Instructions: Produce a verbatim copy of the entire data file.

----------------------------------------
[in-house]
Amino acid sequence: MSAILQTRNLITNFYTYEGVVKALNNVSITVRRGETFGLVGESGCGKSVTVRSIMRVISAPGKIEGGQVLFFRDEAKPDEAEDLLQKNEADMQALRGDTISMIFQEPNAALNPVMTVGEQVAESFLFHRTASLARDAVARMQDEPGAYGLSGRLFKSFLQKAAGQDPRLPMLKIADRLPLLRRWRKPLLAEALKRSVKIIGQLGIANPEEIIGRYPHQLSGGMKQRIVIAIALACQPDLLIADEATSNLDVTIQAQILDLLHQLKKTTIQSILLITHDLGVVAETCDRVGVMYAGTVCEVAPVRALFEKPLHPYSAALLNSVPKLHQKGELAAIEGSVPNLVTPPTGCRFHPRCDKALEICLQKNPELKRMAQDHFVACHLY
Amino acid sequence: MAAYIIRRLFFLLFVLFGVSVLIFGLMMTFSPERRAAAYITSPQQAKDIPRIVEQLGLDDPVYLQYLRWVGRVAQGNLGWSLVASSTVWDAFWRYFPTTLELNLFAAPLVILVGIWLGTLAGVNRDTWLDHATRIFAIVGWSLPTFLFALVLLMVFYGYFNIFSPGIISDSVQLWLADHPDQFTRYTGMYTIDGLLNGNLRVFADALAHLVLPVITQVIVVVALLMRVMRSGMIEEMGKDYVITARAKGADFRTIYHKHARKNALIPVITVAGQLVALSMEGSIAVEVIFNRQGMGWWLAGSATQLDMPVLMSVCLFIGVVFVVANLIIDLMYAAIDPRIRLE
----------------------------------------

[in-house]
Amino acid sequence: MSAILQTRNLITNFYTYEGVVKALNNVSITVRRGETFGLVGESGCGKSVTVRSIMRVISAPGKIEGGQVLFFRDEAKPDEAEDLLQKNEADMQALRGDTISMIFQEPNAALNPVMTVGEQVAESFLFHRTASLARDAVARMQDEPGAYGLSGRLFKSFLQKAAGQDPRLPMLKIADRLPLLRRWRKPLLAEALKRSVKIIGQLGIANPEEIIGRYPHQLSGGMKQRIVIAIALACQPDLLIADEATSNLDVTIQAQILDLLHQLKKTTIQSILLITHDLGVVAETCDRVGVMYAGTVCEVAPVRALFEKPLHPYSAALLNSVPKLHQKGELAAIEGSVPNLVTPPTGCRFHPRCDKALEICLQKNPELKRMAQDHFVACHLY
Amino acid sequence: MAAYIIRRLFFLLFVLFGVSVLIFGLMMTFSPERRAAAYITSPQQAKDIPRIVEQLGLDDPVYLQYLRWVGRVAQGNLGWSLVASSTVWDAFWRYFPTTLELNLFAAPLVILVGIWLGTLAGVNRDTWLDHATRIFAIVGWSLPTFLFALVLLMVFYGYFNIFSPGIISDSVQLWLADHPDQFTRYTGMYTIDGLLNGNLRVFADALAHLVLPVITQVIVVVALLMRVMRSGMIEEMGKDYVITARAKGADFRTIYHKHARKNALIPVITVAGQLVALSMEGSIAVEVIFNRQGMGWWLAGSATQLDMPVLMSVCLFIGVVFVVANLIIDLMYAAIDPRIRLE